Although an early naturalistic study suggested progesterone as a promising preventative therapy against recurrent postpartum depression,89,90 the results of that study were contradicted by a subsequent double-blind, placebo-controlled trial that found an increase in depressive symptoms in women treated with norethisterone enanthate, a synthetic progestogen.91 In this study, 180 women were randomized to receive one depot injection of norethisterone enanthate or one injection of saline placebo within 48 hours after delivery and were followed for three months. The investigators found that women who received the synthetic progestogen were more likely to develop depressive symptoms, more likely to have bleeding, and more likely to complain of exhaustion. A recent review of the above studies concluded that while the research on estrogen is promising but preliminary, there is no role for synthetic progestogens in the treatment of PPD, and that given the increased risk for depressive symptoms their use as contraception in this population is questionable.92

Other studies without control groups support an effect of estrogen in the treatment of postpartum depression. A small prevention study found that when a slow taper of estrogen therapy was administered immediately after birth to 11 women with a history of postpartum psychosis or depression only one woman suffered a relapse episode.93 Another small study treated 23 women with severe postpartum depression with sublingual 17-beta estradiol over 8 weeks, and found remission of symptoms in 19 of the women, which the authors correlated with increased serum estrogen levels in the subjects.94 Both studies should be interpreted with caution, given the lack of a comparison group.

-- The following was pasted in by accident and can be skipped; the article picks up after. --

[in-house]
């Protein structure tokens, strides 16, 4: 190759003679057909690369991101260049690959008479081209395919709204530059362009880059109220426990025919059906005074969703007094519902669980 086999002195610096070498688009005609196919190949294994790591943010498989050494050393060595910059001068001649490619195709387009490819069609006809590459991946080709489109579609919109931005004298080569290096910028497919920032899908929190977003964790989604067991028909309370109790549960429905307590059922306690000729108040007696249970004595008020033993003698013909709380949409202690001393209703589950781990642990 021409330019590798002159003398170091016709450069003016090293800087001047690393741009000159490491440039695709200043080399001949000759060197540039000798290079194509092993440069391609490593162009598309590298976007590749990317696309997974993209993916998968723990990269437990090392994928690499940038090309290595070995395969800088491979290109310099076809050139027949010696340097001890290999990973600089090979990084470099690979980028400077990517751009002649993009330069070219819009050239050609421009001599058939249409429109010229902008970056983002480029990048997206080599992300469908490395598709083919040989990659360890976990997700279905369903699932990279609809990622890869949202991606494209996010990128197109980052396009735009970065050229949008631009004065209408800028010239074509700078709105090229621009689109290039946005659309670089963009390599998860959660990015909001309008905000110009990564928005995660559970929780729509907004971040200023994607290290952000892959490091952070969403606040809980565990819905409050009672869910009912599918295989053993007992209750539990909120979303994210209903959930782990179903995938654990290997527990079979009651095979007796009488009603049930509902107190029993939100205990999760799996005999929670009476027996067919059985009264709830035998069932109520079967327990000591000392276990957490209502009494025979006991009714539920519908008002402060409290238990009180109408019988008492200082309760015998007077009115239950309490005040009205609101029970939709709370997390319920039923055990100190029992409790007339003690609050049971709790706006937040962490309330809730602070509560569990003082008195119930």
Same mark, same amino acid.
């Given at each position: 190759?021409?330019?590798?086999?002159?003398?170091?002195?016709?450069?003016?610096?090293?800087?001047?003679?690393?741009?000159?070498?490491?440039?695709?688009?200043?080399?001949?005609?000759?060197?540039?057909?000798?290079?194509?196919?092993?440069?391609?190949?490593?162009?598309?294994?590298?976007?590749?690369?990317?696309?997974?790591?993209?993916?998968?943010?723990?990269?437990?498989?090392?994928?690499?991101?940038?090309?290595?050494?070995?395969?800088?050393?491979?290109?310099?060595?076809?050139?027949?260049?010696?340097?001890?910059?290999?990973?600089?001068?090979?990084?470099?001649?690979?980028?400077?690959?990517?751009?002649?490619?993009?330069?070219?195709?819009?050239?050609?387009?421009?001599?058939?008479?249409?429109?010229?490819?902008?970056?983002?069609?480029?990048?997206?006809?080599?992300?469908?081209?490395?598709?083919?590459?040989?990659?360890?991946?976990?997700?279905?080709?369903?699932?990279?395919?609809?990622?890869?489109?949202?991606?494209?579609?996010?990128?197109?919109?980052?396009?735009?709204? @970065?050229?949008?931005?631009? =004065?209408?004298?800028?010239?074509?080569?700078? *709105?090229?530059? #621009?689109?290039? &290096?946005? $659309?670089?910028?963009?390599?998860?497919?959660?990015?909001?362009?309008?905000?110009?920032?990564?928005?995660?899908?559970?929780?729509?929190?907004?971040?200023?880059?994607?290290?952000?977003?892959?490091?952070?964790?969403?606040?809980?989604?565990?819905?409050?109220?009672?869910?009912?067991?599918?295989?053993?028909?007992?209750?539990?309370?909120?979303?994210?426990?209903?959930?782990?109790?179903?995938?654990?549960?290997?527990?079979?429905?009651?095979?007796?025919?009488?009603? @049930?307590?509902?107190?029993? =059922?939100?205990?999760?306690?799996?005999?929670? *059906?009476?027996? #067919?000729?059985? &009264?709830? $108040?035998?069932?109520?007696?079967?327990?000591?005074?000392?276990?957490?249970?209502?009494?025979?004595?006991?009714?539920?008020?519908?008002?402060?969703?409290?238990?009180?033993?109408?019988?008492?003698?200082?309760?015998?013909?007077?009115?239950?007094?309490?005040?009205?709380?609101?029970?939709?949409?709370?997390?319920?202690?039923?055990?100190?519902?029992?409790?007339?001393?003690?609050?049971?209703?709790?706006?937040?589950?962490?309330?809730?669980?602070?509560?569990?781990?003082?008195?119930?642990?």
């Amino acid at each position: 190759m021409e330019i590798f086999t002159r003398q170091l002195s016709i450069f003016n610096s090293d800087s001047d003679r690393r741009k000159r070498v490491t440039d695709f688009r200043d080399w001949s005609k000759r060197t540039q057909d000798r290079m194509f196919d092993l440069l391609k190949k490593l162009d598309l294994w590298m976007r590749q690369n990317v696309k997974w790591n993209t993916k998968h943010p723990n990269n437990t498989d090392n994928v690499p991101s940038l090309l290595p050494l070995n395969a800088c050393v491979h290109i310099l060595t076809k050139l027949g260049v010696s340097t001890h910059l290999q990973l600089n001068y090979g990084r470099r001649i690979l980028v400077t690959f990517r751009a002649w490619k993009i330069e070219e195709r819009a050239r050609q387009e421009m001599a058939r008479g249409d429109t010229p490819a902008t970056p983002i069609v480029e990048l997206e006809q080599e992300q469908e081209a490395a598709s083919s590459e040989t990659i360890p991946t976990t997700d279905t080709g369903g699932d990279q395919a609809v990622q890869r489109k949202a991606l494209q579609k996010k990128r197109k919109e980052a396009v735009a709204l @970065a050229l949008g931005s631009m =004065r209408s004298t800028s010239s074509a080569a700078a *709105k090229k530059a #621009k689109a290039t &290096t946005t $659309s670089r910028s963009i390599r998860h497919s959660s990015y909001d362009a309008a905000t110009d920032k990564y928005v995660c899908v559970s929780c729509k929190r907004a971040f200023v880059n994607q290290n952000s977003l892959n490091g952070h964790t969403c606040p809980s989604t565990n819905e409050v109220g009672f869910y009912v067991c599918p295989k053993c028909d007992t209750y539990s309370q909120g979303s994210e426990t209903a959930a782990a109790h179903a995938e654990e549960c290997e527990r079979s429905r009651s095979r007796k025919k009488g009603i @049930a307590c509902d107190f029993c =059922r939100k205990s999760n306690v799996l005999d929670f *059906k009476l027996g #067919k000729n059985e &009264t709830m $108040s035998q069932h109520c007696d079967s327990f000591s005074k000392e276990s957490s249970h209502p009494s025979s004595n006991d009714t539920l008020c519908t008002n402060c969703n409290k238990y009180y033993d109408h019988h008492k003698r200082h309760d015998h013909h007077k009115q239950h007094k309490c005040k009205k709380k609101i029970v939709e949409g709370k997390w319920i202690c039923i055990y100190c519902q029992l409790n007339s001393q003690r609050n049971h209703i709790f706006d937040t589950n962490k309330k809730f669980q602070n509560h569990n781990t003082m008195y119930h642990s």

Despite these epidemiologic associations, studies examining the use of omega-3 fatty acids for treatment of perinatal depression have had mixed results. Freeman et al conducted two pilot studies of omega-3 fatty acids as an intervention for perinatal depression; one was an open-label flexible-dose trial of a combination of EPA and DHA for the treatment of MDD during pregnancy,133 and the second trial assessed the efficacy of omega-3 fatty acids for postpartum depression in an 8-week randomized dose-ranging study.134 The outcome of the first trial showed a 40.9% mean decrease in depressive symptoms on the Edinburgh Postnatal Depression Scale. The second study, a randomized dose-ranging trial for postpartum depression found no significant difference between control and study group. Both studies were limited by their small sample sizes (n = 15 and 16, respectively) and their lack of a placebo group. A subsequent randomized placebo-controlled study investigating the combination of omega-3 fatty acids and supportive psychotherapy for the treatment of perinatal depression135 again demonstrated no significant difference between the omega-3 fatty acids and placebo, though participants in both groups experienced significant decreases in their depression rating scales. The benefits of supportive psychotherapy received by both groups may have limited the ability to detect a specific effect of omega-3 fatty acids. A subsequent small, randomized, double blind, placebo-controlled trial investigating omega-3 fatty acids at a dose of 3.4 g per day as monotherapy for major depression during pregnancy136 demonstrated a benefit from this intervention. Although there was relatively high attrition in both groups, subjects receiving omega-3 fatty acids had significantly lower scores on depression rating scales as compared to the placebo group at the study end point.